The deforested rain forest areas are used mainly as pastureland – also by farmers in Ecuador.
Photo: Eduardo Tapia/ Uni Erlangen

Agriculture and forestry protecting rainforests

How can the clear-cutting of tropical rainforests be checked? One approach is to recultivate fallow land. This has been demonstrated in an international study on the basis of surveys in Ecuador’s mountainous regions.

Each year, 130,000 square kilometres of rainforest is destroyed throughout the world. Most of the areas cleared are used for agricultural purposes. This also applies to the rainforests in the mountainous regions. However, the land is quickly reclaimed by weeds, in particular by bracken, a plant that neither herbicides nor burning can get rid of permanently. This is why farmers often give up the land again after a few years – only in order to deforest new areas.

"This is a vicious circle that needs to be broken,” says Professor Thomas Knoke of the Institute of Forestry Management at “Technische Universität München”, Germany. He is the lead author of the study “Afforestation or intense pasturing improve the ecological and economic value of abandoned tropical farmlands”, which was published in Nature Communications in November. The study is based on surveys examining whether and how abandoned pastureland can be recultivated.

According to the scientist, the various concepts are assessed not only in terms of their economic benefits – for the first time, ecological and sociocultural criteria have been addressed as well. These include e.g. carbon and nitrogen capture in plants and in the soil, biomass production, soil quality, impacts on the climate and the hydrologic balance as well as acceptance by farmers.

The area examined (approx. 150 hectares) is located in the Ecuadorian Andes at an altitude of 1,800 to 2,100 metres. The researchers examined five different concepts:

  • no cultivating – abandoned land is left to its own devices,
  • use in forestry – planting with an indigenous species of alder,
  • use in forestry –planting with an introduced species of pine,
  • extensive pastoralism – mechanical weeding, then put into use after initial fertilising,
  • intensive pastoralism – weeding with chemicals, then put into use with regular fertilising.

Afforestation with alder and pine has proved to be particularly sustainable. In the long term, forested regions are also the best protection against erosion. “Also, our study demonstrates that afforestation with the indigenous Andes alder influences water regulation significantly more favourably than the other use options,” explains Project Spokesman Professor Jörg Bendix of the University of Marburg.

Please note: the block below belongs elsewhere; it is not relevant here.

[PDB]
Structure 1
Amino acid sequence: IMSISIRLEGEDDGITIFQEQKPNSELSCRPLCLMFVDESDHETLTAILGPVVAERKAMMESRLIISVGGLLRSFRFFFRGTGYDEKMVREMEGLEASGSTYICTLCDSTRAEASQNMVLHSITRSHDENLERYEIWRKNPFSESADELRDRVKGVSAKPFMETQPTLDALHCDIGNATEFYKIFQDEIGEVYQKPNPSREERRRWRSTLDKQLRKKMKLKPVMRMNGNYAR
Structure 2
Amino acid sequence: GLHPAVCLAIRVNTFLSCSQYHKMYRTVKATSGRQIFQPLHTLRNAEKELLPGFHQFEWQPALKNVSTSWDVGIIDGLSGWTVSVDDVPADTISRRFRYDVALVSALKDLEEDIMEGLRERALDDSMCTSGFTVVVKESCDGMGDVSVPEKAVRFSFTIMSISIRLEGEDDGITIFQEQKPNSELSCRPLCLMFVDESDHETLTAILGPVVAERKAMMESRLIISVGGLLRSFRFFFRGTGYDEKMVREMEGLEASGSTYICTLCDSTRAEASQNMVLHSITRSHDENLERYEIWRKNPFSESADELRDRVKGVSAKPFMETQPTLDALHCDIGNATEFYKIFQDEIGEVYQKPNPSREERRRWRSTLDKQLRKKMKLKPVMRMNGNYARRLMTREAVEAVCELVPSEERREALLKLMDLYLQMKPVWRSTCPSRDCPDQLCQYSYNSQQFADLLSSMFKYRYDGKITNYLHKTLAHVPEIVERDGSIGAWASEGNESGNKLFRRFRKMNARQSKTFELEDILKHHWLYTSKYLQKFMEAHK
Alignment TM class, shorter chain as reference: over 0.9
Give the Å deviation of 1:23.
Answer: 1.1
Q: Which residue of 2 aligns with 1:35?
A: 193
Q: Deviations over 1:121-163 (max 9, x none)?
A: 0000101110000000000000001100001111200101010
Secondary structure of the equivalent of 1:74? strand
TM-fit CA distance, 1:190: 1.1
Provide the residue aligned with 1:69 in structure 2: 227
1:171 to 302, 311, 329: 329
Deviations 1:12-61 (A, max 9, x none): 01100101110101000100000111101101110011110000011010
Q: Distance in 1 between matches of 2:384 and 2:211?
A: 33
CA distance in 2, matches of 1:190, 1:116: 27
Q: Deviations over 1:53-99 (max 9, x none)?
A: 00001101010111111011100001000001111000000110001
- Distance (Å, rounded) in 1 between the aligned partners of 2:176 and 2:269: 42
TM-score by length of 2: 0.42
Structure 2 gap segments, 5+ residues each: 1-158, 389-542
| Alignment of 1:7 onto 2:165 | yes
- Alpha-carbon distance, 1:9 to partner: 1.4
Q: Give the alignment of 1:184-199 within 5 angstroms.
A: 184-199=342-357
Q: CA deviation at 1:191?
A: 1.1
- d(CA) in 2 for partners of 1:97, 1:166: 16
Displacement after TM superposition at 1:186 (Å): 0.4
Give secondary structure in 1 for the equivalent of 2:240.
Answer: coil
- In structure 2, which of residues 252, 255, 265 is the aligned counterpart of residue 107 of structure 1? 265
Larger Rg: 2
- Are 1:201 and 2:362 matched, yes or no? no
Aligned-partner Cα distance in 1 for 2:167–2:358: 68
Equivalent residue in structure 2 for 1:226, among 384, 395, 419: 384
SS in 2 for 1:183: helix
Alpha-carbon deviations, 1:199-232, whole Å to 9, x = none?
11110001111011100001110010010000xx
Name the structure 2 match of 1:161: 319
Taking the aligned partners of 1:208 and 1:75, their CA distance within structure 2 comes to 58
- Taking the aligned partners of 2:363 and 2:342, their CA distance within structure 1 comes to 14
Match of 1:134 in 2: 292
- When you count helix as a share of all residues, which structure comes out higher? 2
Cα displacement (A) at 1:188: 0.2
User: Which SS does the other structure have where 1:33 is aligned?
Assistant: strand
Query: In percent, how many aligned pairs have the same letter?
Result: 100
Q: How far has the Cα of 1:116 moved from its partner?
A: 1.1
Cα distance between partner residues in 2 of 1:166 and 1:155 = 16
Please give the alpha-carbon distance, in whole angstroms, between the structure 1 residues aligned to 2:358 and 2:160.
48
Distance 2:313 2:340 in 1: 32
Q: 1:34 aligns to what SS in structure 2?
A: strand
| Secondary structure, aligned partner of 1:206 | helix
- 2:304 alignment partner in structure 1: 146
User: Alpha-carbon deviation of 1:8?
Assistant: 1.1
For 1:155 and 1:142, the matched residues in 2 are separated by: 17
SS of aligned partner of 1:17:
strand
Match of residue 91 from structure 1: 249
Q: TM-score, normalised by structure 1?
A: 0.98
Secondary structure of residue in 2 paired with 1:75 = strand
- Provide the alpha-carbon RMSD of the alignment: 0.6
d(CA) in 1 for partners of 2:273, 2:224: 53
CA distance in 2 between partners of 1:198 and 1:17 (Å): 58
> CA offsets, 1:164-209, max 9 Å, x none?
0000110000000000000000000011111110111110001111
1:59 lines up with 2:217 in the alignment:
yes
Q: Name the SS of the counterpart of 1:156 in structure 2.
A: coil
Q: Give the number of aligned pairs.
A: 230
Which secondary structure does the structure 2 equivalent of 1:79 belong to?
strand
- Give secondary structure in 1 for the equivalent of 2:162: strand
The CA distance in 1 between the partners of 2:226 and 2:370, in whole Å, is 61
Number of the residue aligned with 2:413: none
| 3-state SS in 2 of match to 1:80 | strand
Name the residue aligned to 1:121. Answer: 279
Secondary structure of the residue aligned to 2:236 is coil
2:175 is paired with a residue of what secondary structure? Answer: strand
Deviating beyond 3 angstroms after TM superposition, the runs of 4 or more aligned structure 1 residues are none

In addition, typical rainforest plants and animals can gradually re-establish themselves in the afforested regions. As the study further revealed, intensively used pastureland scored a significantly better ecological value than extensive pastoralism. The economic benefits are provided by the sale of timber (afforestation) or of meat and milk (pastureland). Alder plantations showed the greatest yields.

Thanks to the better eco-balance of forests and improvements in income opportunities in the long term, most of the livestock owners also regard afforestation as the use option of choice, as interviews in the course of the study revealed. The scientists stressed that in order to secure the success of recultivation concepts, the users should always be involved as well.

However, the sustainable use concepts do entail costs. Calculated over a twenty-year period, farmers doing without slash-and-burn methods have a lower income each year: 87 US dollars (USD) per hectare in afforestation and 100 USD per hectare in intensive pastoralism. The scientists believe that compensatory payments for recultivation are an important incentive to replant former pastureland. Here, CO2 certificate trading could provide an additional source of income in the long run.

The researchers also regard their study as a model for the assessment of recultivation concepts in other tropical mountain forests, e.g. in Brazil or Africa. “Abandoned agricultural land offers a gigantic natural resource that has so far remained unused,” Thomas Knoke concludes. “Projects supported by the German Research Foundation are currently in progress in order to implement the results of the study together with farmers in Ecuador,” Professor Erwin Beck of the University of Bamberg adds. He initiated the study in Bamberg 17 years ago.

*Scientists at the following institutions were involved in the study: Technische Universität München; University of Bayreuth; University of Marburg; University of Erlangen/Nuremberg; Technische Universität Dresden; Justus Liebig University Gießen; National University of Loja, Ecuador; Universidad Técnica Particular de Loja, Ecuador; FLACSO, Quito, Ecuador; CATIE, Turrialba, Costa Rica.

Publication:  Nature plants

More Information:  TUM